Devin’s DANTA Field Course Experience
I’ve known from the very beginning that I wanted to work with animals, and that regardless of where I ended up in life there would always be an animal sitting right beside me. Once in college, I narrowed down my carrier focus to working with primates. There are those pivotal decisions in life that curve pathways and redirect or change your future in unexpected ways. Deciding to work with primates was one of these moments for me. But upon searching for opportunities in the field of primatology, I found that most positions involved lab based work, or targeted people who already had primate experience. That’s when I found DANTA: Association for the Conservation of the Tropics and their field course, Primate Behavior and Conservation. Attending this course became one of the best decisions I have ever made.
Currently, I am sitting on the balcony of the Smithsonian Research Institute on Barro Colorado Island, looking over the Panama Canal. I have howler monkeys screaming off to my right, spider monkeys cackling behind me, and an array of established researchers at my side. It’s important to set the stage of my current situation, because none of this would have been possible if I hadn’t decided to enroll in DANTAs field course. Hence, I’ll explain just how exactly DANTA prepared me for a life time of field work, and how it became the gateway to the work I’m doing now in Panama.
Every morning on the OSA (Osa Peninsula, Costa Rica), where DANTAs field courses are held, I woke up around 5:15am, and was in the forest by 5:30am. Notebook and pencil in hand, Sam (my lab partner) and I waved Osa Conservation‘s Piro Research Station goodbye and disappeared into the green in search of our squirrel monkeys. By now we had been in Costa Rica over two weeks. Orientation and the research methods part of the course were long over, and now it was up to Sam and I to conduct our own pilot study. We spent about 2.5 hours in the forest before breakfast, 3 hours in between breakfast and lunch, and typically an additional 3 hours after lunch in the forest, almost every day. Our project involved watching how the squirrel monkeys moved, and how their locomotion behaviors differed between age and sex classes. This required a good amount of data collection, however being that we were focusing on wild primates, our subjects weren’t always easy to locate or follow. There were treks of the day where Sam and I came back empty handed, and sometimes days when we didn’t see our squirrel monkeys at all. We had no GPS tracking system, no radio collars and antennas to find them, and instead had to self-teach ourselves the patterns in which our monkeys moved through the forest, and try to estimate based off of previous sighting where our monkeys might be during certain points of the day. What did this experience teach me? Well, for one DANTA taught me how to stay self-motivated. The time we got up, how long we stayed in the forest, how much effort we put into the project, and the quality of data we collected depended on when and what Sam and did, the forcing hand being ourselves instead of an instructor or parent. It was not always easy. The mosquitos, and chiggers, snakes and hilly terrain were never cordial. Yet, Sam and I persevered. This experience taught me the importance of optimism and perseverance, and how important it is to bring that with you in the field. But even more so, I learned that regardless of how hard field work can be, I can do it! In going to Costa Rica, and participating in DANTAs course I knew I wanted to experience the forest, however now I know I have what it takes to conduct research on wild primates.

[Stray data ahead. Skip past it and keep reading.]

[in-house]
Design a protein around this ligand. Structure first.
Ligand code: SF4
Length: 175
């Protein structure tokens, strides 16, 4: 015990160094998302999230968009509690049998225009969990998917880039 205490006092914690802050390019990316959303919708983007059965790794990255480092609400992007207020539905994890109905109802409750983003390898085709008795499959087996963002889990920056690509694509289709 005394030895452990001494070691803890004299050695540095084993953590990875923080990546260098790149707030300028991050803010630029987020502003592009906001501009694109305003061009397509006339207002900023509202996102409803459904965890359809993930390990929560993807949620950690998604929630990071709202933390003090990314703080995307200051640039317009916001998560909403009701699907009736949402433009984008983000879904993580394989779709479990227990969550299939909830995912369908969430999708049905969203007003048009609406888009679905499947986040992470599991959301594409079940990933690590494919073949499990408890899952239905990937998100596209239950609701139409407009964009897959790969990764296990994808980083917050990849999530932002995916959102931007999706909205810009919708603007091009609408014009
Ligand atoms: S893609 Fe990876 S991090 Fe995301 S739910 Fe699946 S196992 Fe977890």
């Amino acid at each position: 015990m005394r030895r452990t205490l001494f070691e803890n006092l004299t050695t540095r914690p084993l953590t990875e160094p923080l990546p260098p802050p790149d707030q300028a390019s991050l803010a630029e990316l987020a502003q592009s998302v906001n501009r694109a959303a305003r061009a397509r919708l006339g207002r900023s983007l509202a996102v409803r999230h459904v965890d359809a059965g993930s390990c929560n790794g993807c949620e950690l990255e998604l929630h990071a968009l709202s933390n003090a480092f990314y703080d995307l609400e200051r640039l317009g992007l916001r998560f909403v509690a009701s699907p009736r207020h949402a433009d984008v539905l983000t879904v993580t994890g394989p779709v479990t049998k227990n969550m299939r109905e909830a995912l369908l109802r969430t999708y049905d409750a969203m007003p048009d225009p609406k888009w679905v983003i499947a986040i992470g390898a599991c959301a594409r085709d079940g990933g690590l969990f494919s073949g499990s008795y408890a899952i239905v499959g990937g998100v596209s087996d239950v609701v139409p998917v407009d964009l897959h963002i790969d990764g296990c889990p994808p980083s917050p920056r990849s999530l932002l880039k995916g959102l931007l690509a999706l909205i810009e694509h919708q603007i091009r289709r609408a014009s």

The course also went above and beyond teaching us about primates, and we saw so much more wildlife than I ever expected. During the one month course I saw all fours types of primates, an ocelot, two different types of anteaters, sea turtles, snakes, peccaries, and more. I met people from all around the world and got to learn about what they studied, and sometimes participate in their research. Pura Vida, and the Costa Rican culture still lives in me today, alongside the ever clear research addiction that I now possess.
On paper, the fact that I have completed a field course in primatology, sets me apart from a lot of applicants in my field. DANTA was a way for me to gain firsthand experience without much outside pressures, such as the need to publish. 6 months after the field course I found myself heading back to Central America, as an REU student to Grace Davis, a PHD Candidate. I’m not going to lie, field work is not for everyone. I know people who have returned from the field and never want to go back. It takes a certain type of person to study primate, or really anything in a tropical forest environment. However, I’ve never heard of a person regretting attending a DANTA field course. If nothing else, DANTA teaches you all about perspective and what it means to live worldly and sustainably. For me, the DANTA experience gave me the confidence to continue on.
Devin Lindsley, Department of Anthropology, University of California, Davis, USA
DANTA alum Summer 2015